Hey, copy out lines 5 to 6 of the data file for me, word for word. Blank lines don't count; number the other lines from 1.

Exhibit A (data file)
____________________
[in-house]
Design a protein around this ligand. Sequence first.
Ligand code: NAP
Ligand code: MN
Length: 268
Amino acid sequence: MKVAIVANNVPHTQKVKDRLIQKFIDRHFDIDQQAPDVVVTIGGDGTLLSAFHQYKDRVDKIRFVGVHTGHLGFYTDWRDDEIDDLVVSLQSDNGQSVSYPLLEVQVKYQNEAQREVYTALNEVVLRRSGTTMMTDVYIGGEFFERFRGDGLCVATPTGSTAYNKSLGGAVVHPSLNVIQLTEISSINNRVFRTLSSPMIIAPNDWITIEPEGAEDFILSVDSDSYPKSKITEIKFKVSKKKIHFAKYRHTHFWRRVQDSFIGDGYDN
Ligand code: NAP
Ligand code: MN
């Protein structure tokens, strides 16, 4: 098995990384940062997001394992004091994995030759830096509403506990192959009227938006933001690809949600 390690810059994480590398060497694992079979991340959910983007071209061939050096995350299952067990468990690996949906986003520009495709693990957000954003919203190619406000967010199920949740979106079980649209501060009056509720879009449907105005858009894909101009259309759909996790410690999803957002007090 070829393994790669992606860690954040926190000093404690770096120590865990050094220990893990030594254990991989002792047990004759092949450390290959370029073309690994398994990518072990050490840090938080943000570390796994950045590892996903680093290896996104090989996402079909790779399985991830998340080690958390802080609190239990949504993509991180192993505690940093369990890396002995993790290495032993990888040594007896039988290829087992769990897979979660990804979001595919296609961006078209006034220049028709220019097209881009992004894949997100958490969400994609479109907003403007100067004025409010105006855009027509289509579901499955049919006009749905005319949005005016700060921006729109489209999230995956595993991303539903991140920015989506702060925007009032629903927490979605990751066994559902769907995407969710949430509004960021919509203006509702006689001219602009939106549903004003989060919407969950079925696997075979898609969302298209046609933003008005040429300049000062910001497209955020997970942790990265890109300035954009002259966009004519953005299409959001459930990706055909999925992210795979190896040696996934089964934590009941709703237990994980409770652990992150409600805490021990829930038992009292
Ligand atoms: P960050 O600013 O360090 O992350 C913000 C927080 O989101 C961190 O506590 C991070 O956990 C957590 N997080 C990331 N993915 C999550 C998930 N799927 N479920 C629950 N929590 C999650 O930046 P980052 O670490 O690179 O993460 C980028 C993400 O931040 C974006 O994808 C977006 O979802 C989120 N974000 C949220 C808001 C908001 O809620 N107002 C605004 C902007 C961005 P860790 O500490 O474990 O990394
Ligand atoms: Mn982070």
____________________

Length: 268
Amino acid sequence: MKVAIVANNVPHTQKVKDRLIQKFIDRHFDIDQQAPDVVVTIGGDGTLLSAFHQYKDRVDKIRFVGVHTGHLGFYTDWRDDEIDDLVVSLQSDNGQSVSYPLLEVQVKYQNEAQREVYTALNEVVLRRSGTTMMTDVYIGGEFFERFRGDGLCVATPTGSTAYNKSLGGAVVHPSLNVIQLTEISSINNRVFRTLSSPMIIAPNDWITIEPEGAEDFILSVDSDSYPKSKITEIKFKVSKKKIHFAKYRHTHFWRRVQDSFIGDGYDN